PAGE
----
THE ORDER OF THINGS
To anyone giving this journal the time of day, I am contributing these weekly blurbs to my site in a desperate attempt to push myself intellectually. My short term goal is to stay interested in a single art/design topic long enough to create a collection of work that I am proud of as well as improve my writing skills. It’s a mental block I have to push through. If you’re still reading this, let’s move right along.
note: The human eye can distinguish roughly 10 million colors with 120 million rods responding simply but acutely to changes in light and darkness and 6 million cones determining subtle color variation.
The work of artist Ann Toebbe depicts the domestic through a flattened birds eye view, typically utilising cut paper, colored pencil, paint, and gouache on paper. Her paintings suggest a lifestyle through the neatly arranged objects in an individual’s home. Her titles further explain the narrative of these concealed characters in works like, “The Ex-Wife’s Plants And Things.” Toebbe’s angles are effective despite the illusory shift in perspective that is required to view the front facing side of most objects. The arrangement of shapes and colors, while sometimes abstract and loose, find a way to ground the work. Most vividly she maintains an intriguing balance of order and personality. Her use of color and pattern both play large roles in structuring her work and liberating it from the banality of expectation. I especially enjoy how she depicts textiles with so much life and luster. No matter the type of home, these textile elements are critically important and provide immense texture and depth to her work.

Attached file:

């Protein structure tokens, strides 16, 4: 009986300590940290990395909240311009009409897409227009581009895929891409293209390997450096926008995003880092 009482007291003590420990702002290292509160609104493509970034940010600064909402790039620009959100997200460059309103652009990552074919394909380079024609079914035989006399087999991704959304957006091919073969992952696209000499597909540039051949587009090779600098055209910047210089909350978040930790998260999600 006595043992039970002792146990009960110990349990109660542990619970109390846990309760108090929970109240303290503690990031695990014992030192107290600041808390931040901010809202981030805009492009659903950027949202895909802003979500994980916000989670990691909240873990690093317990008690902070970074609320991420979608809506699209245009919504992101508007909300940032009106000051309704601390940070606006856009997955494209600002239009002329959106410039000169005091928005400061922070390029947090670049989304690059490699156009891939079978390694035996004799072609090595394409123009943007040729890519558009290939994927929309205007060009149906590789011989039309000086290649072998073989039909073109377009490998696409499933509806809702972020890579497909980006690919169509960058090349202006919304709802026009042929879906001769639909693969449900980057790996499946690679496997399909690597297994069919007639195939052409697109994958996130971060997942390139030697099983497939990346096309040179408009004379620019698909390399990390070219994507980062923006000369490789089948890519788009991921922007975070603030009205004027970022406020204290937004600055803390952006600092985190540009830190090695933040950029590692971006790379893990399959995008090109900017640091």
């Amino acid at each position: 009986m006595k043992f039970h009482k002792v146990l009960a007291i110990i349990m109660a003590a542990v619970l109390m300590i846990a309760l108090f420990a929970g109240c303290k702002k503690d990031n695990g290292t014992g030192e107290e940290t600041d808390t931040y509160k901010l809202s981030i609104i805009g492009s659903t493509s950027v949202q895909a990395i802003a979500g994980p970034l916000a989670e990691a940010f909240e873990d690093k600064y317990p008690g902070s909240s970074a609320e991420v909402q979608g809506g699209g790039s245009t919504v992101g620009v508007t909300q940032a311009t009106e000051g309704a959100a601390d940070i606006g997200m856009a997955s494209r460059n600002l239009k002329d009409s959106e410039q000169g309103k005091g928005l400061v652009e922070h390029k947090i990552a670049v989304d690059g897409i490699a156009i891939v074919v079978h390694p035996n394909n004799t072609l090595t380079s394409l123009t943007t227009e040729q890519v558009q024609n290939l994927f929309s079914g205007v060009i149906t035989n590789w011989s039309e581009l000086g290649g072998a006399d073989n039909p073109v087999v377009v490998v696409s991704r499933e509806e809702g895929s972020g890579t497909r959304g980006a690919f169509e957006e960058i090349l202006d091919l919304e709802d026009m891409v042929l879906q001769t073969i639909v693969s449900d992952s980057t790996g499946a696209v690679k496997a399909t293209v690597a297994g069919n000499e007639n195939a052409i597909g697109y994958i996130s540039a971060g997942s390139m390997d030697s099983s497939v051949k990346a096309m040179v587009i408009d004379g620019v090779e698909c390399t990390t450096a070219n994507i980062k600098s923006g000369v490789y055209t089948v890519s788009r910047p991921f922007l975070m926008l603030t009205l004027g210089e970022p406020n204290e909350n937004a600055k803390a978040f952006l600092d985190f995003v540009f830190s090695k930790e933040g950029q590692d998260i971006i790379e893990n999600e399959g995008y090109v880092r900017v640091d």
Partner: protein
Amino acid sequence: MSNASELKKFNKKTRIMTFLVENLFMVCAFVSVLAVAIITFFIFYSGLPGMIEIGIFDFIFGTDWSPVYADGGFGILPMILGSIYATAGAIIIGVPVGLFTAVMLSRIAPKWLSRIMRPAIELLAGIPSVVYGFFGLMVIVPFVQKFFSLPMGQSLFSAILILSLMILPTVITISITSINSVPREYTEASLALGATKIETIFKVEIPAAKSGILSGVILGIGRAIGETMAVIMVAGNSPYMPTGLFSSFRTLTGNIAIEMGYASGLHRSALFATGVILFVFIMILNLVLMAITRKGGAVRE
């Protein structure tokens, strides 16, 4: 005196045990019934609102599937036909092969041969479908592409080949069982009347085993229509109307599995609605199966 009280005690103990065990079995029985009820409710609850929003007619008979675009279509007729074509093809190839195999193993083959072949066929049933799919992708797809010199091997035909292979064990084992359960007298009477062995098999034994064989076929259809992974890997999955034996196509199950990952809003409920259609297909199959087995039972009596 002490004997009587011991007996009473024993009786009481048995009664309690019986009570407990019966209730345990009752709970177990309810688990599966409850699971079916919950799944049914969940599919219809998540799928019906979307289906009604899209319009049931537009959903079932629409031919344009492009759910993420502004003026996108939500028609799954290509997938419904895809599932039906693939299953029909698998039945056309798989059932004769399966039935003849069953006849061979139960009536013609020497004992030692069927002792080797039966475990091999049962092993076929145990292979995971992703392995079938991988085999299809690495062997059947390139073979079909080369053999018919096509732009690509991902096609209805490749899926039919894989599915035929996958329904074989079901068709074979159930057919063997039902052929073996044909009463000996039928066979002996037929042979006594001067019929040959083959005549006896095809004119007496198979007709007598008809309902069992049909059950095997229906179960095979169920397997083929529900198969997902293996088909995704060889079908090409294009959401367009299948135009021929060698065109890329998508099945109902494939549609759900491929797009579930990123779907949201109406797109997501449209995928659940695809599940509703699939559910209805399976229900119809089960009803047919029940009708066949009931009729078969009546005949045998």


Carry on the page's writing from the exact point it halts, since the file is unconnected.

In an interview Toebbe did with a contemporary art blog in 2013, she mentions,
“I stumbled into painting interiors because it felt comfortable and so many things about living as an artist made me uncomfortable. -- Painting interiors calms me down and allows me to focus on formal concerns; composition, color, shape, texture.”
I definitely find myself relating to her statement about the sort of order she finds in her work. I need just enough order to create something freely. What I really enjoy about working in textiles are those constraints and limitations – they offer just enough space to play with color and form while still pushing the boundaries of uniformity in an intrinsically uniform practice. Everything about textiles is structured and somewhat utilitarian – maybe Loos would disagree when you think of all the added frills. But really, at its core textiles is a craft centered around serving people’s most basic needs – warmth from the cold, a towel to dry off, a rug to stop a draft, etc. This need for textiles as a functional craft leaves it generally excluded from the fine art categories including painting, sculpture, film, etc. Which is something that I've began to think about more often especially in regards to the choices I make within the textile practice. Consideration to the history of quilting, weaving, dying, etc. will be important to how I use the art form in relaying new meaning. Another point Toebbe made in the interview was her own intent to "ride the balance between modern and folk and representation and abstraction." A good reminder that anything you make and put into the world exists on a spectrum and the only way to position yourself is to know where you fit into a much bigger picture.
Last note: So much love to my favorite diva: Monica Baker, on her 24th birthday. Happy day to you DJ Monz.